By Dr. Andrew Weil, MD
Turmeric Tea Benefits
A spicy dish of Indian biryani and a hot dog purchased at the ball game may seem to have little in common, but both feature a liberal quantity of turmeric (Curcuma longa). In the biryani, the spice is an essential part of the curry mixture that gives the dish its distinctive zing. In the dog, turmeric is what makes the slathering of American mustard bright yellow.
The good news about this cross-cultural spice is that elderly villagers in India, who eat turmeric in their daily curries, have the world's lowest rate of Alzheimer's disease. That does not appear to be a coincidence. In a study at the University of California at Los Angeles, scientists fed curcumin, an active compound in turmeric tea, to rats prone to accumulate beta-amyloid plaque in their brains - the abnormality associated with Alzheimer's disease in humans. Curcumin blocked the plaque's accumulation. It also appeared to reduce inflammation related to Alzheimer's disease in neural tissue. The rats fed curcumin also performed better on memory tests than rats on normal diets.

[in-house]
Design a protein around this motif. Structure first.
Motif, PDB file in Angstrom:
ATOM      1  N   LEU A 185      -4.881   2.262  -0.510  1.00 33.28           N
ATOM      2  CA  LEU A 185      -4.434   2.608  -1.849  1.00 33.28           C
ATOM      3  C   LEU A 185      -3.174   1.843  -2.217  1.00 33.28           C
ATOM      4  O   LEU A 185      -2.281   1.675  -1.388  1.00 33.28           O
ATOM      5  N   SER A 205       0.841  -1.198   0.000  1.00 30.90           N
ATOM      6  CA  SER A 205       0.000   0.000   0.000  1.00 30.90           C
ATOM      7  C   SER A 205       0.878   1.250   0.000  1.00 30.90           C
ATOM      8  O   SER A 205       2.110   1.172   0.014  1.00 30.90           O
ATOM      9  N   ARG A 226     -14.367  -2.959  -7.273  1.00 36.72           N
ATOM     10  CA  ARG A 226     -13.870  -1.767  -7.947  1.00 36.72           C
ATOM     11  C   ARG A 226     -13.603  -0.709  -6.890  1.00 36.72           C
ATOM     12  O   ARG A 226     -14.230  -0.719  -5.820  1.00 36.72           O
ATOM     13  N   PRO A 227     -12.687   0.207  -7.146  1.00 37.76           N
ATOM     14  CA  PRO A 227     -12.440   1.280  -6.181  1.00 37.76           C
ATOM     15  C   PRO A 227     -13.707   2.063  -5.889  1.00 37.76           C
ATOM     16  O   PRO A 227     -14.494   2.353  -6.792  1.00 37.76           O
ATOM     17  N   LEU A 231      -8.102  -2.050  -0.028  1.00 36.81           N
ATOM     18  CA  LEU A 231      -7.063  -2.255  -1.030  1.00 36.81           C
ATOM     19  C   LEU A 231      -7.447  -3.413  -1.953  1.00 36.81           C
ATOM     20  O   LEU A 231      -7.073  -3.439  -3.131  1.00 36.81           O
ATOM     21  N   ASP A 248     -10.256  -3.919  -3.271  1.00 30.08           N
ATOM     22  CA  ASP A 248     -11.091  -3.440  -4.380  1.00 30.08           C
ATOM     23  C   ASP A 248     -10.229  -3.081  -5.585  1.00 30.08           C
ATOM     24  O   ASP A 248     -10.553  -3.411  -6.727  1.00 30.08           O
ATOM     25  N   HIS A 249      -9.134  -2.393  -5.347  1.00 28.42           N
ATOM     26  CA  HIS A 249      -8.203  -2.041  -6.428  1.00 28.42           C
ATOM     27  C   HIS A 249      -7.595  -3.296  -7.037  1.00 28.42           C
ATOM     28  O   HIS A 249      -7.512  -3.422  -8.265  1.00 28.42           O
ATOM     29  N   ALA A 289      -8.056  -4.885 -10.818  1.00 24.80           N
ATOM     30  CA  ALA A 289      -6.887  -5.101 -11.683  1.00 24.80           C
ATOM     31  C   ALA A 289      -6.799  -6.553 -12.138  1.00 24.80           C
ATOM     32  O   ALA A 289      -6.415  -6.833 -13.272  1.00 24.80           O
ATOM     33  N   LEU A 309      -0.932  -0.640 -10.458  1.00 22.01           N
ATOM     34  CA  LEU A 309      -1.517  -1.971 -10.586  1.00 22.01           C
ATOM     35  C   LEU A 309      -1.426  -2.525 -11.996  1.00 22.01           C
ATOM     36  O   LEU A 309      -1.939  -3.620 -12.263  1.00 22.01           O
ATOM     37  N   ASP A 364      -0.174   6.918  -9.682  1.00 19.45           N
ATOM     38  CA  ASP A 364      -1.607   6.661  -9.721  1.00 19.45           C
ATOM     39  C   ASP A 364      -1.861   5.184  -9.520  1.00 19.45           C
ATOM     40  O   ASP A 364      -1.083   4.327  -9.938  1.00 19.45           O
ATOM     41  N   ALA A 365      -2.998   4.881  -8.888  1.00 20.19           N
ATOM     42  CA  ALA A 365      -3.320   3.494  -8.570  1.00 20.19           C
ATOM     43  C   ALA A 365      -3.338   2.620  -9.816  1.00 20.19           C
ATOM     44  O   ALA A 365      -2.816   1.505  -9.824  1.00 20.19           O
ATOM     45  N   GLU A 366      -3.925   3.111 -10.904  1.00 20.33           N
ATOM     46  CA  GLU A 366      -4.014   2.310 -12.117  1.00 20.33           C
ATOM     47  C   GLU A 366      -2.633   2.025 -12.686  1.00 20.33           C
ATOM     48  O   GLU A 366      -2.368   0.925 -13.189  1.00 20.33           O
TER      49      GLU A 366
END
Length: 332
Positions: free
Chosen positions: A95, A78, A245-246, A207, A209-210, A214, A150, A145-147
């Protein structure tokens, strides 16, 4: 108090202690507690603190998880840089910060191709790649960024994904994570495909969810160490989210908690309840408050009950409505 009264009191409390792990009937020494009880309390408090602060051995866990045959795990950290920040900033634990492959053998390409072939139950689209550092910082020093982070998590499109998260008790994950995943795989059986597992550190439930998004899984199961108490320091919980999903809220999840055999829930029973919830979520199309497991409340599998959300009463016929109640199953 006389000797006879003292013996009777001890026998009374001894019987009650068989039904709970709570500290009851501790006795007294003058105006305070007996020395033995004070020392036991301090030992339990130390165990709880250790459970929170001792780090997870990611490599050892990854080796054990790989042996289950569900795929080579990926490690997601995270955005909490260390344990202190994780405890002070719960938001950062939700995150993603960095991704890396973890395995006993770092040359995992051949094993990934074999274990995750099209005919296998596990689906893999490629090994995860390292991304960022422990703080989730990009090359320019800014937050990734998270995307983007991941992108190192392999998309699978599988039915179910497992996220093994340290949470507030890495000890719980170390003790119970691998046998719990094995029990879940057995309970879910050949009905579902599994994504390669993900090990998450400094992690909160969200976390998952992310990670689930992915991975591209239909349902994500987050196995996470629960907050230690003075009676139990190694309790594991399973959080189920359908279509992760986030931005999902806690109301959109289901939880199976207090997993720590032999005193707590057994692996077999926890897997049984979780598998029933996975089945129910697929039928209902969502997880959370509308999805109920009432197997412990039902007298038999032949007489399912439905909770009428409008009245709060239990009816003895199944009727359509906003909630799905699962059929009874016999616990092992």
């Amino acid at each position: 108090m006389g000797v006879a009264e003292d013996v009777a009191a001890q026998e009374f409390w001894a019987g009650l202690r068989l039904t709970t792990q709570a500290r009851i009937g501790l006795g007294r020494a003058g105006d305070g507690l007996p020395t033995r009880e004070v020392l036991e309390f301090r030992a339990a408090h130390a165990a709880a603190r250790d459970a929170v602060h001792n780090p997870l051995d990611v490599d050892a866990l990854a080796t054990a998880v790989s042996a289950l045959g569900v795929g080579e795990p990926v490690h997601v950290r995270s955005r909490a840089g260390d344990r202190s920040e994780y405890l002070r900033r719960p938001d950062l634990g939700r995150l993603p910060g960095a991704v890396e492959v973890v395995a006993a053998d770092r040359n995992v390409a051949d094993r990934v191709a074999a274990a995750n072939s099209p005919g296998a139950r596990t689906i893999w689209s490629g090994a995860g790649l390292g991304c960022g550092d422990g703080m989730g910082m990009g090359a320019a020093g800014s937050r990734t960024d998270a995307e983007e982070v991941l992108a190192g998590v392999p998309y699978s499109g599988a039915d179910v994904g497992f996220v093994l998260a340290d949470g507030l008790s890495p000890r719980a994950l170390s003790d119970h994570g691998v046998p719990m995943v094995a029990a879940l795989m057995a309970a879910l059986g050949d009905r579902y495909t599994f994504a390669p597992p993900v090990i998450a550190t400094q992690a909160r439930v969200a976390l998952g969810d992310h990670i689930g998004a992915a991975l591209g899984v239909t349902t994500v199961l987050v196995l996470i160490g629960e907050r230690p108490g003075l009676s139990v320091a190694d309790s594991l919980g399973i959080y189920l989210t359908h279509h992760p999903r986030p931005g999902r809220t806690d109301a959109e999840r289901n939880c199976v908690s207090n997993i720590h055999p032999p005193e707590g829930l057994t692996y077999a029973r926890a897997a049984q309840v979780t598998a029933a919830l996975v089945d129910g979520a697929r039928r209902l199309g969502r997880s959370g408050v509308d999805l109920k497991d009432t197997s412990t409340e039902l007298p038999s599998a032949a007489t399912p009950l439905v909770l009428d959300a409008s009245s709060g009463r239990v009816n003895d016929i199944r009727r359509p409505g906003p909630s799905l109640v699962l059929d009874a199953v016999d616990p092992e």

Other studies have suggested turmeric and turmeric tea have broad anti-inflammatory and anti-cancer benefits, as well. But few Americans eat enough curry to achieve these protective effects. Although Dr. Weil does not recommend daily mustard-laden hot dogs as the ideal turmeric delivery device, he found a potential solution during one of his many trips to Okinawa, the island nation with the world's longest average life span, 81.2 years.
Okinawans drink copious quantities of turmeric tea. Some brew it fresh, but others simply buy cans or powdered instant versions of unsweetened tea from their local stores.